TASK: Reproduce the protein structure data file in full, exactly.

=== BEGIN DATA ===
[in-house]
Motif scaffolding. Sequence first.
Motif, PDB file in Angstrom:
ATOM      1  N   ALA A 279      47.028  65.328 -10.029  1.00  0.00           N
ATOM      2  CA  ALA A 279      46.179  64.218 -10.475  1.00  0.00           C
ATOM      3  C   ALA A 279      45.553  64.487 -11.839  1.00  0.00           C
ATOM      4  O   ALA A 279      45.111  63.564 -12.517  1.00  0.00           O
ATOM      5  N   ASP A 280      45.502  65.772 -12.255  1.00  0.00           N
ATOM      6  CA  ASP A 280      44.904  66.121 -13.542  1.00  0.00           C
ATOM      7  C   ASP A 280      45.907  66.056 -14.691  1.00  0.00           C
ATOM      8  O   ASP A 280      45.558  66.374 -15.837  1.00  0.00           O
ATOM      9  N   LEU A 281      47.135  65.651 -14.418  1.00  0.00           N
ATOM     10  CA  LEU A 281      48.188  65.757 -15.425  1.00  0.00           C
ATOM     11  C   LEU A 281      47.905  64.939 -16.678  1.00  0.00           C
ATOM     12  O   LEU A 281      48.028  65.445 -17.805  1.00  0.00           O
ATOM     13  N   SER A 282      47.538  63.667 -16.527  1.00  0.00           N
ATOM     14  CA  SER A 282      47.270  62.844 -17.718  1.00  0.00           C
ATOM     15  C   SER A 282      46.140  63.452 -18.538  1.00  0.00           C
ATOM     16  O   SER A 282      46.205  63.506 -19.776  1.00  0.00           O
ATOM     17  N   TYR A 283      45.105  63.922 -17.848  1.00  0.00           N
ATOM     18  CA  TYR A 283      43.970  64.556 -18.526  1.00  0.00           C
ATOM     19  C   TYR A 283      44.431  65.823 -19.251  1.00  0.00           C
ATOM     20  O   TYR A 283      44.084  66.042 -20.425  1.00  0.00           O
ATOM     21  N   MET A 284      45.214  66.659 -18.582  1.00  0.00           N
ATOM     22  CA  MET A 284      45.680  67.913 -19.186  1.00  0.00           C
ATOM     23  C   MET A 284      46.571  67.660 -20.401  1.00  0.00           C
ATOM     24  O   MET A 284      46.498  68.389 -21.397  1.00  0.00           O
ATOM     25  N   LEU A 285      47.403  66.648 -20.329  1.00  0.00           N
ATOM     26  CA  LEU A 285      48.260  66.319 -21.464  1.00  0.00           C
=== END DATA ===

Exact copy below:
[in-house]
Motif scaffolding. Sequence first.
Motif, PDB file in Angstrom:
ATOM      1  N   ALA A 279      47.028  65.328 -10.029  1.00  0.00           N
ATOM      2  CA  ALA A 279      46.179  64.218 -10.475  1.00  0.00           C
ATOM      3  C   ALA A 279      45.553  64.487 -11.839  1.00  0.00           C
ATOM      4  O   ALA A 279      45.111  63.564 -12.517  1.00  0.00           O
ATOM      5  N   ASP A 280      45.502  65.772 -12.255  1.00  0.00           N
ATOM      6  CA  ASP A 280      44.904  66.121 -13.542  1.00  0.00           C
ATOM      7  C   ASP A 280      45.907  66.056 -14.691  1.00  0.00           C
ATOM      8  O   ASP A 280      45.558  66.374 -15.837  1.00  0.00           O
ATOM      9  N   LEU A 281      47.135  65.651 -14.418  1.00  0.00           N
ATOM     10  CA  LEU A 281      48.188  65.757 -15.425  1.00  0.00           C
ATOM     11  C   LEU A 281      47.905  64.939 -16.678  1.00  0.00           C
ATOM     12  O   LEU A 281      48.028  65.445 -17.805  1.00  0.00           O
ATOM     13  N   SER A 282      47.538  63.667 -16.527  1.00  0.00           N
ATOM     14  CA  SER A 282      47.270  62.844 -17.718  1.00  0.00           C
ATOM     15  C   SER A 282      46.140  63.452 -18.538  1.00  0.00           C
ATOM     16  O   SER A 282      46.205  63.506 -19.776  1.00  0.00           O
ATOM     17  N   TYR A 283      45.105  63.922 -17.848  1.00  0.00           N
ATOM     18  CA  TYR A 283      43.970  64.556 -18.526  1.00  0.00           C
ATOM     19  C   TYR A 283      44.431  65.823 -19.251  1.00  0.00           C
ATOM     20  O   TYR A 283      44.084  66.042 -20.425  1.00  0.00           O
ATOM     21  N   MET A 284      45.214  66.659 -18.582  1.00  0.00           N
ATOM     22  CA  MET A 284      45.680  67.913 -19.186  1.00  0.00           C
ATOM     23  C   MET A 284      46.571  67.660 -20.401  1.00  0.00           C
ATOM     24  O   MET A 284      46.498  68.389 -21.397  1.00  0.00           O
ATOM     25  N   LEU A 285      47.403  66.648 -20.329  1.00  0.00           N
ATOM     26  CA  LEU A 285      48.260  66.319 -21.464  1.00  0.00           C